Eleven years ago on a glorious not-quite-summer, almost-fall Tuesday morning, we all know what happened.
I was working for the Marketing/PR department at Baystate Health System. We went into Disaster Mode. They sent me over to the hospital's main campus to take notes, as hospital adminstrators tried to finagle a way Baystate could transfer patients to take in an influx of patients from Connecticut so that we could take in extra patients from New York. As I scribbled in my notebook and watched the TV replay the towers falling again and again, I knew. I think we all knew. They wouldn't need to do that. Who, how many, could have survived that?
A few days, or maybe it was months, later I saw the paths of the two planes that hit the towers. The second one flew just south of my city, as I worked unsuspectingly down below, as we all worked, drinking our coffees or breathing in the fresh September morning.
The first plane, the place where it diverted from its scheduled course, the place where the hijacking was believed to have occurred, was directly over the Quabbin Reservoir, over the town and general area in central Massachusetts where I spent my first 10 years. At the Quabbin, the reservoir created to provide water for the Boston area, we would bring cardboard boxes when I was a kid and slide down the steep grassy hills of the dike, laughing hysterically, racing like sleds on snow. After 9/11, they didn't let anyone down there anymore. Most of the trails were and are still closed off to the general public. They have to be sure to protect the water.
I often think of them, those people who had no idea they were about to be part of a dark moment in our nation's history, looking down on the rolling green hills and rivers and scattered New England towns and cities below, desperate for that unspecting world to know what was going on above. But we went about our day for a few more carefree moments, oblivious.
In a strange, illogical way, this used to make me feel almost guilty. And in a strange, or perhaps not so strange way, this fact that it had started right here, added to that feeling so many of us had after September 11: that we had been violated, that something had been taken from us that we could never get back.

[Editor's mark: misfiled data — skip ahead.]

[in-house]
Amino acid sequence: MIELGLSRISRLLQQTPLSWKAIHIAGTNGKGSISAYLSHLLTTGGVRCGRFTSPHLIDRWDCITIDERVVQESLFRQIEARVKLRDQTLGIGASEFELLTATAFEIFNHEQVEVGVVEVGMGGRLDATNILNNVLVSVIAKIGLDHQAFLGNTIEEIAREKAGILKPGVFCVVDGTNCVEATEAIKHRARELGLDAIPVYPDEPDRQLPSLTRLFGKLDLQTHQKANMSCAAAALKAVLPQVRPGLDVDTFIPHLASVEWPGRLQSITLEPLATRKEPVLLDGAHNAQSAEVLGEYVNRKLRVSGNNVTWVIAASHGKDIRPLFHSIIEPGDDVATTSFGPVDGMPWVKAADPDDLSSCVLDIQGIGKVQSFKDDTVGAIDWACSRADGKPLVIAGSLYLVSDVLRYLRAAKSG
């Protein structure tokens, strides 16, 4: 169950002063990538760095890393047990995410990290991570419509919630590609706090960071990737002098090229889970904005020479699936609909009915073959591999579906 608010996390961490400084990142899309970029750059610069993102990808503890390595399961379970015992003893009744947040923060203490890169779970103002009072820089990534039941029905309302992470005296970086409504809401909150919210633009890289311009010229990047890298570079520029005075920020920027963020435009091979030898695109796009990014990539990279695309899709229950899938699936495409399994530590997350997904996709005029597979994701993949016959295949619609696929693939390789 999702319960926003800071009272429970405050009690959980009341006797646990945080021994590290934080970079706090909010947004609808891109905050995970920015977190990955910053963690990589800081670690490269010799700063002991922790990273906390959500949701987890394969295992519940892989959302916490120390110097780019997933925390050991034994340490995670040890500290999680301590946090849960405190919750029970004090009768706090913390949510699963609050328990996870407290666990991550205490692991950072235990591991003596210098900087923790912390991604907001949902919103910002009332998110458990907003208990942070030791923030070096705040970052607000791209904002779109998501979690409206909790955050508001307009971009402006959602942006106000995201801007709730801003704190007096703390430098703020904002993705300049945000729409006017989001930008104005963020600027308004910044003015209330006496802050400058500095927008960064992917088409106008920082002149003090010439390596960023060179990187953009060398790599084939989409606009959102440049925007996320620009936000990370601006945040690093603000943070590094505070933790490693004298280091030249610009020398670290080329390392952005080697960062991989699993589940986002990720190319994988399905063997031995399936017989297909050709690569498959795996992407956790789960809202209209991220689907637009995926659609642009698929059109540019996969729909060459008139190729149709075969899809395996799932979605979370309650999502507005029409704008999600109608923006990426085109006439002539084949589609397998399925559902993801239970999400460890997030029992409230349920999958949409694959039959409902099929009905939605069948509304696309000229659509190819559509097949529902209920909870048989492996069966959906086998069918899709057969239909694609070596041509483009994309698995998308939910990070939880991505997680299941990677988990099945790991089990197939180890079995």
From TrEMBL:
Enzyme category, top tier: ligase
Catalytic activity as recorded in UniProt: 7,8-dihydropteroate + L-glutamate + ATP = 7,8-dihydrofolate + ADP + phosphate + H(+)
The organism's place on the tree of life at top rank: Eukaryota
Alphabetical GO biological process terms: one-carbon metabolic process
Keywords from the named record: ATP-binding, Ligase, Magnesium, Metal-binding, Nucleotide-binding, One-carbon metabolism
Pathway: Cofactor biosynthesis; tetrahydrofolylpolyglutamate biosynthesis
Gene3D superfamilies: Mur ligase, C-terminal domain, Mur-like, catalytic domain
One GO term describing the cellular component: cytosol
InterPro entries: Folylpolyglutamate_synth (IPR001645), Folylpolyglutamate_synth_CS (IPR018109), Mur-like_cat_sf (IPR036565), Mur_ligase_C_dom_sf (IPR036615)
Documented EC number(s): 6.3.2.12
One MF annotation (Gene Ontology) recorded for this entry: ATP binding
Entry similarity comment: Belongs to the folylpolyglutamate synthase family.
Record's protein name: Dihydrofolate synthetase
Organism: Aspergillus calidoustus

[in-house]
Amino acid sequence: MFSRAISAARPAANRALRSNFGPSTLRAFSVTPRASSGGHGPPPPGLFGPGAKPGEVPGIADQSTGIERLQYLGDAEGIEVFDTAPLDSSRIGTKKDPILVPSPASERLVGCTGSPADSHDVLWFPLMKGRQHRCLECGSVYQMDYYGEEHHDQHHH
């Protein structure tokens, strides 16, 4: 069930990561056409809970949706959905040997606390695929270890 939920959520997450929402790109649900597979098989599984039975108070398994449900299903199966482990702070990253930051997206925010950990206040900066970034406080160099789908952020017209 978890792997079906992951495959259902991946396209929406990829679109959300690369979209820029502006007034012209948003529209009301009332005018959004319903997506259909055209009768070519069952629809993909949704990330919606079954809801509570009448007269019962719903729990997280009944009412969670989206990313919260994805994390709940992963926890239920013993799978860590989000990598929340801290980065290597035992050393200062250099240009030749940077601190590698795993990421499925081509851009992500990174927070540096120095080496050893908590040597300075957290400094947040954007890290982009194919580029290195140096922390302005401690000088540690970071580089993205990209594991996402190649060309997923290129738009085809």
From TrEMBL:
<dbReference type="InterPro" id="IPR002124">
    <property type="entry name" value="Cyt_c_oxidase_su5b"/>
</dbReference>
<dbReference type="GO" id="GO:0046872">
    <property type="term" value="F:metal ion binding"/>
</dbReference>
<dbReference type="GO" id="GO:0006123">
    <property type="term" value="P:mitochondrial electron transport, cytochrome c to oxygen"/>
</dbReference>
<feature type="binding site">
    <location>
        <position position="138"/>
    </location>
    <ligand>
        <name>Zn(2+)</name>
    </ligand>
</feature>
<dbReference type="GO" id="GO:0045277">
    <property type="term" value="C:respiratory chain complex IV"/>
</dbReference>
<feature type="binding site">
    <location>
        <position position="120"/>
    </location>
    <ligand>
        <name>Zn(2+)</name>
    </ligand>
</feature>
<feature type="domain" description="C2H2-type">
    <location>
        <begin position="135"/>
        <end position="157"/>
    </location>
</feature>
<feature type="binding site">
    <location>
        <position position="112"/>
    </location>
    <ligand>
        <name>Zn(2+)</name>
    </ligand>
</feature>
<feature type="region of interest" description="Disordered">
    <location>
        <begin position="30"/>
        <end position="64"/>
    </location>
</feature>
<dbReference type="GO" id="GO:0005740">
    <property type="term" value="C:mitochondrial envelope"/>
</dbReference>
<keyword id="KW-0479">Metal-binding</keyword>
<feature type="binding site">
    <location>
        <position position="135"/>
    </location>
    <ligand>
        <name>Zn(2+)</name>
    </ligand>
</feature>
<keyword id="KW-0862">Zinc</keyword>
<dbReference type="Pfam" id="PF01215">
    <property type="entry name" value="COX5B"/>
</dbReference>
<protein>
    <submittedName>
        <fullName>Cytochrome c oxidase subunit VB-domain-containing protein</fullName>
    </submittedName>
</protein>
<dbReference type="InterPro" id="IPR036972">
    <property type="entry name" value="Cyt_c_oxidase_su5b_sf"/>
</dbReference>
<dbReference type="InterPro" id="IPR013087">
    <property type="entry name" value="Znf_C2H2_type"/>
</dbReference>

Many experienced a very tangible loss when their friends, their family members died that day. For the rest of us, the loss had everything to do with innocence, with the loss of everything we thought we knew. "Everything is under control," Anna Quindlen wrote in an article I saved. "Of course you know it's a lie. But doesn't it sound a whole lot better than the truth?"
After 9/11 I saw the myriad ways we attempt survive in a world not under our control, in a time when our illusions are stripped away.
What do we do? Try to build the illusion back again. The government ensures us that we are safe, that they are doing everything they can do protect us. We try to believe them.
Or what do we do? Throw up our hands and decide to eat, drink, and be merry, for tomorrow we'll die. Live and let live, because you just don't know, and nothing may matter in the end.
Some of us harden with false bravado, resolving to fight evil at all costs. This may very well be necessary. But we can't be driven by those feelings alone.
And some of us cling to our faith. Some of us ask, as I have, in the words of James in the scriptures, "What good is it?" Do I use my faith as a rabbit's foot in my pocket, something to pull out in times of dire need to get me through? That certainly didn't help some people on 9/11. Bad things happen to good people. Bad things happen sometimes to Christians who quote Bible verses. Or is my faith something that sustains me, something that helps me to simultaneously let go of the illusion of control while still trusting in the end that God works all things together for my good?
September 11, 2001 was a wake-up call in very many ways. For me, as I look up at the blue skies once disrupted by the unthinkable, I still struggle with the tension of longing for the past, for wanting to jump back in to the illusion of control, or choosing the harder way: to see life for what it really is, and to not shrink back, but to keep walking on, living the life God has for me, one trembling, thrilling step at a time.